The statistics show that there are certain areas demonstrating the large potential for growth regarding the popularity of soccer: China, India, Russia, Mexico, and the U.S.A.
Interestingly the origins of soccer date back to China over 2,000 years ago. Today, it is the most populated country in the world and holds the most soccer fans (187 million).
China’s booming economy has allowed for much investment to be poured into the sport of soccer. In particular, their domestic league has seen enormous sums of money invested. This has led to several high profile players signing for Chinese franchises.
Top foreign soccer players in the Chinese Super League;
- Carlos Tevez
- Axel Witsel
- Marouane Fellaini
- Yannick Carrasco
Many of these players are earning huge wages but have drawn a lot of eyes and have helped grow the sport in China. China’s current president, Xi Jinping, is a soccer fan and his ambitions to host the World Cup in the near future could see further investment and growth of soccer in China.
Much like China, India’s population means that it’s home to the second-largest number of soccer fans in the world (125 million). Although it plays second-fiddle to cricket, the popularity of soccer has been gaining significant ground in recent years.
The Indian Super League was founded in 2013 in partnership with entertainment juggernauts, IMG, Reliance Industries, and Star Sports. With access to broadcasting networks and promotional tools, the introduction of this league has been a huge driver for growth in Indian soccer. It may well overtake cricket as the most popular sport in the coming years.
Soccer has always been a popular sport in Russia. With the 2018 World Cup taking place there, a huge amount of emphasis was placed on the sport. The development of stadia, training facilities and other soccer-related industries in the years leading up to the World Cup has acted as a stimulus for Russian soccer and we’re now seeing huge sections of the population become involved. 65% of Russian men claim to be interested in soccer.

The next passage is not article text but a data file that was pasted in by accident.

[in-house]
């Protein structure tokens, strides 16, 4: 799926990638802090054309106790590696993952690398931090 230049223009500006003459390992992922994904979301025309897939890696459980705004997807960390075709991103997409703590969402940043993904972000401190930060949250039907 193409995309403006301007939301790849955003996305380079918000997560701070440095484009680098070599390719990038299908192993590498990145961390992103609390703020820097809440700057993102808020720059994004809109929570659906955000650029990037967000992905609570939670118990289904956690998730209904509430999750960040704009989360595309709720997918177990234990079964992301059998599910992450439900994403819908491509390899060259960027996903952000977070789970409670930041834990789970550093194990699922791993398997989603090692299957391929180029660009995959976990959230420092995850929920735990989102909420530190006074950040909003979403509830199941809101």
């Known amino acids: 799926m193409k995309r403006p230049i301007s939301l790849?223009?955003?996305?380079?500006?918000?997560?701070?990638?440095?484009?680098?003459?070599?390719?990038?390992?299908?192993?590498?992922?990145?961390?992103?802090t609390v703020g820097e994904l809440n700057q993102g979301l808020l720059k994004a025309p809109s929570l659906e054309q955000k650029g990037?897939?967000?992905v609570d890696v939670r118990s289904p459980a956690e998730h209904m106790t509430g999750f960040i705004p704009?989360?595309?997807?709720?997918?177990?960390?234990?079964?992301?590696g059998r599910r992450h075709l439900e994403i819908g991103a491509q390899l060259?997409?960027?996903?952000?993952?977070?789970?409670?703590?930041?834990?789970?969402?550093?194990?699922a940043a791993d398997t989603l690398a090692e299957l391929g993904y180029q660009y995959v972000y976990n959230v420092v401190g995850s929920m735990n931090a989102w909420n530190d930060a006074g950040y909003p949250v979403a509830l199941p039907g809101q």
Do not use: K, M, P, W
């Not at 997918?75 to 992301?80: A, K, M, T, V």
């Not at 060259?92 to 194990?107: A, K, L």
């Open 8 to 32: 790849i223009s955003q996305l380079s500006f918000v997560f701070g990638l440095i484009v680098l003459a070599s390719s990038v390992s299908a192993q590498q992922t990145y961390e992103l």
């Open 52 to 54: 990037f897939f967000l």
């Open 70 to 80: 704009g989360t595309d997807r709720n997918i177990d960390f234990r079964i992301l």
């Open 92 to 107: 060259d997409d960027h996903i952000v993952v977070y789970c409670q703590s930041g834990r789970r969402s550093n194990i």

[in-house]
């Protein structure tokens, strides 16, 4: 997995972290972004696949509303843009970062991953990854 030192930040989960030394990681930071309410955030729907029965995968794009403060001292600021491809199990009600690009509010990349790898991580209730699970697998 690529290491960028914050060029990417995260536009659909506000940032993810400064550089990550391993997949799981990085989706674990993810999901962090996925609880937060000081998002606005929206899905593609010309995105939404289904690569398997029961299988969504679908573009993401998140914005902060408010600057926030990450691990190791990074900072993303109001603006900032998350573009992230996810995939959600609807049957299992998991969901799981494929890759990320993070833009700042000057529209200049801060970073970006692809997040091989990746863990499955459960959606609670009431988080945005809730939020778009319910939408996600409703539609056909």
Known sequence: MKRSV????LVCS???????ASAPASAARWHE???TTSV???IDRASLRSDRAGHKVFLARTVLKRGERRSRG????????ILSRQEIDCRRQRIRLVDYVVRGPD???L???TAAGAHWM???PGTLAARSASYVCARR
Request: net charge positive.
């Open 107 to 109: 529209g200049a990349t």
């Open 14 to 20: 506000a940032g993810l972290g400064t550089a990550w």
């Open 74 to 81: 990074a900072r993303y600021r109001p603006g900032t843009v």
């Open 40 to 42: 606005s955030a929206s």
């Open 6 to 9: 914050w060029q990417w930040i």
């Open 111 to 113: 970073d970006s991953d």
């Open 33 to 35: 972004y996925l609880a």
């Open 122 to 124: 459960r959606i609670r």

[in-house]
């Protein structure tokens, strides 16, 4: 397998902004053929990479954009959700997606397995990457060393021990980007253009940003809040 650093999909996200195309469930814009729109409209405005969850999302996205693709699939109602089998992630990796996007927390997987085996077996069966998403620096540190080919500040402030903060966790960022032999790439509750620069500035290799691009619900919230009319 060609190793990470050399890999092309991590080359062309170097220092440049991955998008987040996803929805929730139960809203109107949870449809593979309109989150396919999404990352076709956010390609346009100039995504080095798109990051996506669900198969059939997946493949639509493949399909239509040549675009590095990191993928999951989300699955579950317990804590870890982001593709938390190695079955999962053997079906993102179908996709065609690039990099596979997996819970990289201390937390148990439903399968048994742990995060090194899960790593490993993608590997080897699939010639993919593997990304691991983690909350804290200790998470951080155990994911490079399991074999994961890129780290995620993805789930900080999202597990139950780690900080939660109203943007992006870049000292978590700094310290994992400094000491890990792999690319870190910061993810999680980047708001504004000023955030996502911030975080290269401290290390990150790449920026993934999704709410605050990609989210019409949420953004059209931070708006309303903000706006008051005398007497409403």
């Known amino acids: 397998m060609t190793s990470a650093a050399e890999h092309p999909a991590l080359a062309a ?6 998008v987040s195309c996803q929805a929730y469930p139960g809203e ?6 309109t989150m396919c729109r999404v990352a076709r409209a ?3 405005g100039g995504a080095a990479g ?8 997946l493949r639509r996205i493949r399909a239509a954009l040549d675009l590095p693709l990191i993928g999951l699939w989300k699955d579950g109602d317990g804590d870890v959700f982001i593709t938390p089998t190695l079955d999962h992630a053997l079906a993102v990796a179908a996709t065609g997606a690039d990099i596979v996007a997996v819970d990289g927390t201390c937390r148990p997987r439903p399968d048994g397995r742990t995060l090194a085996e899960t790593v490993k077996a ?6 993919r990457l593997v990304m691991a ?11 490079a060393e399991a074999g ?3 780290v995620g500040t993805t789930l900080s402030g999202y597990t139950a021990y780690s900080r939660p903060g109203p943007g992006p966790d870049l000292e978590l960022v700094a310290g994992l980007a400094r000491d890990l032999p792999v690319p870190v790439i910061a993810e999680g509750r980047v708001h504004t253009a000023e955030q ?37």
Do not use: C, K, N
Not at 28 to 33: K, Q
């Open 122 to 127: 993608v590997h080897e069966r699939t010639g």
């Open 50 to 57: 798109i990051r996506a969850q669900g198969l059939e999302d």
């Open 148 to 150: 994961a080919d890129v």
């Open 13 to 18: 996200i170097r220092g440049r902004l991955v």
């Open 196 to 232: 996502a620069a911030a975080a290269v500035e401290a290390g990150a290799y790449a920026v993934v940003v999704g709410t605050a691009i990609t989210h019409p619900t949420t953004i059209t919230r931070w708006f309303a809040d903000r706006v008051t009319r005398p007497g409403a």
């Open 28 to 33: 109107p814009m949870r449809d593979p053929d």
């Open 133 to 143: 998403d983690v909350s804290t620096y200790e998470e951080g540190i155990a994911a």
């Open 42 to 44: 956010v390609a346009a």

Soccer is and always has been a way of life in Mexico. It is lived and breathed by many. At number 6 on the popularity list, their domestic league, Liga MX, is the strongest in North America and is the most attended outside of Europe.
Their national soccer stadium, Estadia Azteca, is one of the largest in the world and officially seats 87,523 people. In July of 1968, 119,853 people packed into the stadium to watch Mexico vs Brazil play.
With Mexico’s economy and middle class growing at a strong rate since the 90s, we are expected to see more investment into soccer, leading to further increases in its popularity.
In the past, soccer has been a secondary sport in the US. American’s love their homegrown sports and have generally preferred American Football, Basketball, and Baseball. Over the past 20 years, soccer has grown in popularity on a large scale. This is down to several factors, including:
- Investment and growth of the MLS
- An influx of high profile talent to the MLS
- The success of their women’s national team
- Consistent World Cup qualification by their men’s national team
- Online influence
- Influence of the FIFA video game in popular society
Nielsen reported an interesting find in their global soccer report in 2018. Although just 32% of Americans claimed to have an interest in soccer, the age breakdown of interest paints a compelling picture:
|USA Population||“Interested” or “Very Interested” in Soccer|
|Of ages 16 – 24||55%|
|Of ages 25 – 34||50%|
|Of ages 35 – 44||29%|
|Of ages 45 – 54||22%|
|Of ages 55 – 69||14%|
Soccer interest statistics | Courtesy of Nielsen Sports
The US marketplace for soccer is growing among the youth. With incremental developments and improvements to the MLS on-going, soccer may well have a very bright future in the USA.